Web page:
Thorne’s power comes from believing that death is nothing to fear. In the end, when he has gained everything, the question becomes is he weaker or stronger? Does he lose his power when he fears loss and death?

I’m talking about Thorne because he’s the biggest part of the book, dominating the scenes he is in and lingering on the periphery during the scenes when he’s not present. Nadia, Victor’s daughter is a competent and capable individual. She’s learned to be proficient in gun use and being part of a secret team as she starts hitting various hideaways full of illegal laborers, stashes of iPhones, cash and drugs of the Quartet as she searches for her mother–a stolen girl made into a prostitute by Victor and then discarded.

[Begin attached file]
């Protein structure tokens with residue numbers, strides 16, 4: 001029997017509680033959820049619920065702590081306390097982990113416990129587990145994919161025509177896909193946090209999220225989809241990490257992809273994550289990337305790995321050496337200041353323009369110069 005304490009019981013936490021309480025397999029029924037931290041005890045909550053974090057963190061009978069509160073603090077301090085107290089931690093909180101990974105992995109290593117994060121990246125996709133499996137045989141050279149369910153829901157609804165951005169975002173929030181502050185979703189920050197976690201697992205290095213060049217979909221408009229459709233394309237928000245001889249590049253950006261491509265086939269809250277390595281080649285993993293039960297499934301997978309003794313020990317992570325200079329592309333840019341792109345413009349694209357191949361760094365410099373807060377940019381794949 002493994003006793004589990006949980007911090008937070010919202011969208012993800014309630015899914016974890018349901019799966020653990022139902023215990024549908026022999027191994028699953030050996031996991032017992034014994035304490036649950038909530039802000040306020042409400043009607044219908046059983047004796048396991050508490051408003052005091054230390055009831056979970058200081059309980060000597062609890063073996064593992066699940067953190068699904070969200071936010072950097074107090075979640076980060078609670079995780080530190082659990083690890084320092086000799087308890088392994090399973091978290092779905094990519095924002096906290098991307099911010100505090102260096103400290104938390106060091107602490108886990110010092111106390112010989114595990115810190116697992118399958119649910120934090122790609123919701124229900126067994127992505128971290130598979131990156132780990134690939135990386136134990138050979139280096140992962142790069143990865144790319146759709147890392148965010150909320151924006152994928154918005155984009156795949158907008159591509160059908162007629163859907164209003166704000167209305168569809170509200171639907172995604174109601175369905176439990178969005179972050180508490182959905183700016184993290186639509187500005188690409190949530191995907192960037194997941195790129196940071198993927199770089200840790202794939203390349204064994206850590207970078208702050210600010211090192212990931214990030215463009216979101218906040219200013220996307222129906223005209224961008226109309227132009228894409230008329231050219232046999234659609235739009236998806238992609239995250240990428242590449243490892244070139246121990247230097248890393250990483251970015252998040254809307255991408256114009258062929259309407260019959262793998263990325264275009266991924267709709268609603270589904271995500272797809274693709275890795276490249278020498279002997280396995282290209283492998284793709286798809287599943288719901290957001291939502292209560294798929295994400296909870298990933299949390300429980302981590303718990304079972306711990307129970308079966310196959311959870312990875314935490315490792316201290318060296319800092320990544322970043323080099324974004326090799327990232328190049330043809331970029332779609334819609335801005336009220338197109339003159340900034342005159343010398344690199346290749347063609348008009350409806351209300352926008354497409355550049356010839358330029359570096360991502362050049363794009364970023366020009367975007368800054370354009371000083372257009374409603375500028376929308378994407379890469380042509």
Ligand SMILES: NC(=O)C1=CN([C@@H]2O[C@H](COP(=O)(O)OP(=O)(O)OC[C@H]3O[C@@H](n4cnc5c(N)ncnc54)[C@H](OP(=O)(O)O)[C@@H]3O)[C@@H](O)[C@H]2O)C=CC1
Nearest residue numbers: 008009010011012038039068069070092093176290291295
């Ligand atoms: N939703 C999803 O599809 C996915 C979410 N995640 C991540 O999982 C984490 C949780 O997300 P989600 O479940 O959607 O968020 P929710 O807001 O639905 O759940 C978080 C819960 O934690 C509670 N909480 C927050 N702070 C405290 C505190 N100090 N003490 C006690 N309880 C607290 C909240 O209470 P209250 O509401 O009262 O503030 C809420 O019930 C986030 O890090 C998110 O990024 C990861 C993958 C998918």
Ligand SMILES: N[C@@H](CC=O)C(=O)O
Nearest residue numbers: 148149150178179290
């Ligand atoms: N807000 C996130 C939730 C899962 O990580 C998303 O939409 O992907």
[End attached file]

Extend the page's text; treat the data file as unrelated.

But Thorne is almost super heroic – a brooding Bruce Wayne who hangs from the rafters, drops down and disables his prey one by one. He started out as a closed up character and changed by the end. Nadia is more static. Her transformation occurred off stage and before the book begins and her quest is more simple. Find her mother. Protect her son. Try not to fall in love with Thorne again.

Into the Shadows feeds into that yen for the dark, damaged hero like catnip for felines. Can’t wait for the next Associates novel. B+

Best regards,

Jane